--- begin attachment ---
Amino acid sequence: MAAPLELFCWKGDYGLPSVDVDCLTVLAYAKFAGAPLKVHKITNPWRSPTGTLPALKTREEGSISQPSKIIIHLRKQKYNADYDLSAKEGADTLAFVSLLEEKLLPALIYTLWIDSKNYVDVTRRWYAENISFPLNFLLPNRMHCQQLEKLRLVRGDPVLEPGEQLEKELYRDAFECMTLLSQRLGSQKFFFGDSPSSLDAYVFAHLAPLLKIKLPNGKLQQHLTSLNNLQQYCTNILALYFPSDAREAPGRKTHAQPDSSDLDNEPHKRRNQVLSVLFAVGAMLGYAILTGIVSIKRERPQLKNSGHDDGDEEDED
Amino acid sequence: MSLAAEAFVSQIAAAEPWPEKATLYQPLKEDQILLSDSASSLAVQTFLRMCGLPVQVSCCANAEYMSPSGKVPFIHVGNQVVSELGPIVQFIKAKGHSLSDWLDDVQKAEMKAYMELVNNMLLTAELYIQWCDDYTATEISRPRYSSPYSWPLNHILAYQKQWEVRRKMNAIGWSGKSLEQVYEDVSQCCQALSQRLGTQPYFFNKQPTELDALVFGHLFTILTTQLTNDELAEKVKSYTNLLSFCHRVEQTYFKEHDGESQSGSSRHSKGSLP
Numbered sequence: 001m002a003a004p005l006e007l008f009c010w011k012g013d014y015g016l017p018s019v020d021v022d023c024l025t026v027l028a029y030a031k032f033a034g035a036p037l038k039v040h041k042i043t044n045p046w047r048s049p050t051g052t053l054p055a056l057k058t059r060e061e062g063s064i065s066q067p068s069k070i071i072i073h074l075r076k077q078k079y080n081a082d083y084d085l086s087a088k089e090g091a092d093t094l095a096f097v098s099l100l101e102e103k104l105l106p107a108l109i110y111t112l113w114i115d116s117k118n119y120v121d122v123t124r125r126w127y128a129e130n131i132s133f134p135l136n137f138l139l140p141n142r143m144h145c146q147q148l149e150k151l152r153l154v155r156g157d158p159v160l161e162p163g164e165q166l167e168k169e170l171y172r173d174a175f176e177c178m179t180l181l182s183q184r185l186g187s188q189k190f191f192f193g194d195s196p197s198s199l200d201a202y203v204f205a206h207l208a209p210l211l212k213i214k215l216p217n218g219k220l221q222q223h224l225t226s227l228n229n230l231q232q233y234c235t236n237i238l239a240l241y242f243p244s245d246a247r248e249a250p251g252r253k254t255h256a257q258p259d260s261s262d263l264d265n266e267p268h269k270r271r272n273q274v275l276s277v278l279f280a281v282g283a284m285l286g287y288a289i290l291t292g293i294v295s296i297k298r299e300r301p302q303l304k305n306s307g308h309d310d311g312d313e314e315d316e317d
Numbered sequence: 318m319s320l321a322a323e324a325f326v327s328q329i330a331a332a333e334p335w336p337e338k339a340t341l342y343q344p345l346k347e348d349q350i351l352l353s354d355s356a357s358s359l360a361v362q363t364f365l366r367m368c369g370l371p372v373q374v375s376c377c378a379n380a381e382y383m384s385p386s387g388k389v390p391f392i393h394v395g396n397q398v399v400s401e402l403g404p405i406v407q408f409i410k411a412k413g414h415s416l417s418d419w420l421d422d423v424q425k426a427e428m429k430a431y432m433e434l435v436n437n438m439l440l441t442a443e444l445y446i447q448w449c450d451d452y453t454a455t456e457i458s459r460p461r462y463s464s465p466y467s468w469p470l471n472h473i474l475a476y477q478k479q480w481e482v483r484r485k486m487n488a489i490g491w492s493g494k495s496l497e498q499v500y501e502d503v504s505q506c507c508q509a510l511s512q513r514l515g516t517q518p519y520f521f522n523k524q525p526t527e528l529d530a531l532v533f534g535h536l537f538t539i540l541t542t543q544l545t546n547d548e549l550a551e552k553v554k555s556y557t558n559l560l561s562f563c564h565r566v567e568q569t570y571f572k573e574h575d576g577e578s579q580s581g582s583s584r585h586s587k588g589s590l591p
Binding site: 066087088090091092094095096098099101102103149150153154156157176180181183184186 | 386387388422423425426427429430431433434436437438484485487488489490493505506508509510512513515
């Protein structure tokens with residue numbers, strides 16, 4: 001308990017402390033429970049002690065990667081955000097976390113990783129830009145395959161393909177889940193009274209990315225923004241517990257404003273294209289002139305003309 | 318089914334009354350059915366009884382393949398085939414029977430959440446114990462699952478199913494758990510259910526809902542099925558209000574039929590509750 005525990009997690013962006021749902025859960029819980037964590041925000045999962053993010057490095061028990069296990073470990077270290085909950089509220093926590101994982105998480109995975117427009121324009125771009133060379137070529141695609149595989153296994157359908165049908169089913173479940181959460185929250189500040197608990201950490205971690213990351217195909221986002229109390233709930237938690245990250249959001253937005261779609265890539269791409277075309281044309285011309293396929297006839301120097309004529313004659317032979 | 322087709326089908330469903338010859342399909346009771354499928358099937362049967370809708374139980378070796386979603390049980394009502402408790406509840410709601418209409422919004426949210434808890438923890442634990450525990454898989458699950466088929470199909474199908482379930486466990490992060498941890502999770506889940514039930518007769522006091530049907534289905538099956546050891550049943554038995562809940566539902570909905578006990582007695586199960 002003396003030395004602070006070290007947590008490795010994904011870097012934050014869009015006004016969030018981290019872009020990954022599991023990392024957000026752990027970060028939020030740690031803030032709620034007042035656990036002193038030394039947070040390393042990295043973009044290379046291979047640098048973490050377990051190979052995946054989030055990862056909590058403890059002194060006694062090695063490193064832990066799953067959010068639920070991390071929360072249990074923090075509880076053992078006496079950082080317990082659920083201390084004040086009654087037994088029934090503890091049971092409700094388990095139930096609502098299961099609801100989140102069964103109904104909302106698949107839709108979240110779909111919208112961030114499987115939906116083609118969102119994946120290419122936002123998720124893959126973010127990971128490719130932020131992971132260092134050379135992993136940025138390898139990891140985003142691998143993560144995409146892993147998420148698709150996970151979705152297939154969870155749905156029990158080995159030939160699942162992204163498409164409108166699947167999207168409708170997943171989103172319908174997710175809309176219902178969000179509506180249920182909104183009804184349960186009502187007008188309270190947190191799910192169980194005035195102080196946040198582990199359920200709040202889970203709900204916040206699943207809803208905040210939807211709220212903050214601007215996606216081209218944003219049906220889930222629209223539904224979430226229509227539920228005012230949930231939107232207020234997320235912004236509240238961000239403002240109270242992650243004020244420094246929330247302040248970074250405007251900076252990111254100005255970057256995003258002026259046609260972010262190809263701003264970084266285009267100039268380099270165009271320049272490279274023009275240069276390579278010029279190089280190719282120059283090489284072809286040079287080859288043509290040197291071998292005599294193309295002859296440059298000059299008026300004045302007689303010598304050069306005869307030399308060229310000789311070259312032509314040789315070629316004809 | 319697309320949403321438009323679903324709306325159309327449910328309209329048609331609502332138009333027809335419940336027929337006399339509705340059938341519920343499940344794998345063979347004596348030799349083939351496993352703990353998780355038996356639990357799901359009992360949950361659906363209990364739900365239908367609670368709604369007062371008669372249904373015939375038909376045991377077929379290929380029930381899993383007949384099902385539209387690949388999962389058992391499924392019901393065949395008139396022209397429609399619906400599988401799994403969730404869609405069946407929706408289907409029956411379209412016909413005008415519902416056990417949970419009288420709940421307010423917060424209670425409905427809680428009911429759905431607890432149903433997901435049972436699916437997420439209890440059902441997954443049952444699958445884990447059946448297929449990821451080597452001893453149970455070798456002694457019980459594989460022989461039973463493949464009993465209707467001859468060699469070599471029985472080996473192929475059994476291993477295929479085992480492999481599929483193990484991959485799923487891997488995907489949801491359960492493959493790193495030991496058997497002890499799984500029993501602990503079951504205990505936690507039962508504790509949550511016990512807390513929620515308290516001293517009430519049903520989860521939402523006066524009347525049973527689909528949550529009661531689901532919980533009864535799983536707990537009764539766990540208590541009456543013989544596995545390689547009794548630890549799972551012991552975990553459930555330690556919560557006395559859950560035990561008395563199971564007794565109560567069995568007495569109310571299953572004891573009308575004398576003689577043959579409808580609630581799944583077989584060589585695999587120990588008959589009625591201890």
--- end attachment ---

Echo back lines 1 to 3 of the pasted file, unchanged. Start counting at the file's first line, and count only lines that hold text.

Amino acid sequence: MAAPLELFCWKGDYGLPSVDVDCLTVLAYAKFAGAPLKVHKITNPWRSPTGTLPALKTREEGSISQPSKIIIHLRKQKYNADYDLSAKEGADTLAFVSLLEEKLLPALIYTLWIDSKNYVDVTRRWYAENISFPLNFLLPNRMHCQQLEKLRLVRGDPVLEPGEQLEKELYRDAFECMTLLSQRLGSQKFFFGDSPSSLDAYVFAHLAPLLKIKLPNGKLQQHLTSLNNLQQYCTNILALYFPSDAREAPGRKTHAQPDSSDLDNEPHKRRNQVLSVLFAVGAMLGYAILTGIVSIKRERPQLKNSGHDDGDEEDED
Amino acid sequence: MSLAAEAFVSQIAAAEPWPEKATLYQPLKEDQILLSDSASSLAVQTFLRMCGLPVQVSCCANAEYMSPSGKVPFIHVGNQVVSELGPIVQFIKAKGHSLSDWLDDVQKAEMKAYMELVNNMLLTAELYIQWCDDYTATEISRPRYSSPYSWPLNHILAYQKQWEVRRKMNAIGWSGKSLEQVYEDVSQCCQALSQRLGTQPYFFNKQPTELDALVFGHLFTILTTQLTNDELAEKVKSYTNLLSFCHRVEQTYFKEHDGESQSGSSRHSKGSLP
Numbered sequence: 001m002a003a004p005l006e007l008f009c010w011k012g013d014y015g016l017p018s019v020d021v022d023c024l025t026v027l028a029y030a031k032f033a034g035a036p037l038k039v040h041k042i043t044n045p046w047r048s049p050t051g052t053l054p055a056l057k058t059r060e061e062g063s064i065s066q067p068s069k070i071i072i073h074l075r076k077q078k079y080n081a082d083y084d085l086s087a088k089e090g091a092d093t094l095a096f097v098s099l100l101e102e103k104l105l106p107a108l109i110y111t112l113w114i115d116s117k118n119y120v121d122v123t124r125r126w127y128a129e130n131i132s133f134p135l136n137f138l139l140p141n142r143m144h145c146q147q148l149e150k151l152r153l154v155r156g157d158p159v160l161e162p163g164e165q166l167e168k169e170l171y172r173d174a175f176e177c178m179t180l181l182s183q184r185l186g187s188q189k190f191f192f193g194d195s196p197s198s199l200d201a202y203v204f205a206h207l208a209p210l211l212k213i214k215l216p217n218g219k220l221q222q223h224l225t226s227l228n229n230l231q232q233y234c235t236n237i238l239a240l241y242f243p244s245d246a247r248e249a250p251g252r253k254t255h256a257q258p259d260s261s262d263l264d265n266e267p268h269k270r271r272n273q274v275l276s277v278l279f280a281v282g283a284m285l286g287y288a289i290l291t292g293i294v295s296i297k298r299e300r301p302q303l304k305n306s307g308h309d310d311g312d313e314e315d316e317d